Litecoins v Bitcoins?

Posted by Katie Olver on July 16th, 2013

Litecoin is colloquially known as the silver to Bitcoin’s gold, and a prominent emerging crypto-currency alternative. There are different opinions on the security aspects of Litecoin, compared to Bitcoin. Some say it is more secure, while some have a totally opposite view. Here is what Kate Craig-Wood, founder of CipherMine thinks.

Why are Litecoins safer?

Bitcoins (BTC_ are mined (discovered) by performing lots of SHA256 (a common password hashing function). Litecoins (LTC) are mined using an algorithm called scrypt, and it was deliberately designed to be more difficult to mine, including with custom hardware. Litecoin/scrypt mining requires a lot of RAM thanks to it “proof of work” system, whereas Bitcoins/SHA256 lends itself to processing with low-RAM, very cheap application specific integrated circuits (ASICs) which are now coming on the market. To mine Litecoins you currently need to buy expensive, high-performance Graphics processors costing at least 200 EUR each. Two ASICs can do the equivalent amount of SHA256 mining as one GPU and cost just 6 EUR each.

This means that bitcoin is susceptible to what’s called “51% attacks”. If one party is able to mine more than 50% of the new blocks the they can perform an attack where they dupe the system resulting in “orphaned blocked” which appear to have value but do not. ASICminer, the first cryptocurrency-quoted mining company (on BTC Trading Co) already has about 30% of total network hashrate, demonstrating this vulnerability.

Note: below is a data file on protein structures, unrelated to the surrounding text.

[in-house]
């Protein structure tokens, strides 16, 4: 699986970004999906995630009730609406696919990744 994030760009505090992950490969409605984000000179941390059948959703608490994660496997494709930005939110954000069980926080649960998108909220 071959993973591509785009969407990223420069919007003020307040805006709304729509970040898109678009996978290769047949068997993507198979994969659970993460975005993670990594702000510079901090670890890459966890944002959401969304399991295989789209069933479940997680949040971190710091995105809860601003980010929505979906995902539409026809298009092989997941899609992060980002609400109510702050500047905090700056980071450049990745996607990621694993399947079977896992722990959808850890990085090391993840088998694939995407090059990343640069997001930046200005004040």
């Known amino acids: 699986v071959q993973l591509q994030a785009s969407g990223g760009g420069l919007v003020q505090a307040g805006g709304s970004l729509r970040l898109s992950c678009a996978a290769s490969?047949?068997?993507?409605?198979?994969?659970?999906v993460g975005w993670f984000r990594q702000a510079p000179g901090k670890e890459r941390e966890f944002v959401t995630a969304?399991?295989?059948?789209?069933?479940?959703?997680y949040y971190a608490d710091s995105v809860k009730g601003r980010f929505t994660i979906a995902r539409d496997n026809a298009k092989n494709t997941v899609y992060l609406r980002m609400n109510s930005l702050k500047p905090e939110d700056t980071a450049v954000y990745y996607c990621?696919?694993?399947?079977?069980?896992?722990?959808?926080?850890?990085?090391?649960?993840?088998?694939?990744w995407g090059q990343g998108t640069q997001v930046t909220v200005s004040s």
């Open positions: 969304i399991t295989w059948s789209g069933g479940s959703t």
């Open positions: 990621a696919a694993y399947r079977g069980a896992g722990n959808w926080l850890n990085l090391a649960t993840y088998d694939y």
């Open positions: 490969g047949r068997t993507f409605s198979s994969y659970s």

In the early days of Litecoin it was vulnerable to a 51% attack also, however today the network hashrate is ~30 Gigahashes/sec (as an aside, 1 scrypt Megahash/s ~= 1 SHA256 Gigahash/s in terms of mining rate). A typical scrypt-mining GPU costing EUR 200 would do about 0.6 MH/sec, so to get 50% of the network hashrate (30 GHs – you’d need to double it) you would need to spend around EUR 10 million. It is generally considered that this renders it unattractive given the relatively small size of the total litecoin market (about EUR 40m). By contrast, to purchase enough ASICs to double the current network hashrate for BTC would only need to spend about EUR 3.5m. The current value of the BTC market is around 750m EUR.

There are other reasons why Litecoins are more secure, beyond their resilience to cheap, high-performance ASICs. Thanks to its architecture even the transactions are more secure, with it being posible to have very high confidence in a transaction’s authenticity after about 20 minutes, versus 60 minutes with bitcoin. There is more information here:

http://www.reddit.com/r/litecoin/comments/1cssqr/the_math_why_litecoin_is_more_secure_than_bitcoin/

Can you buy Bitcoin on the LTC Exchange? Or do they have separate exchange?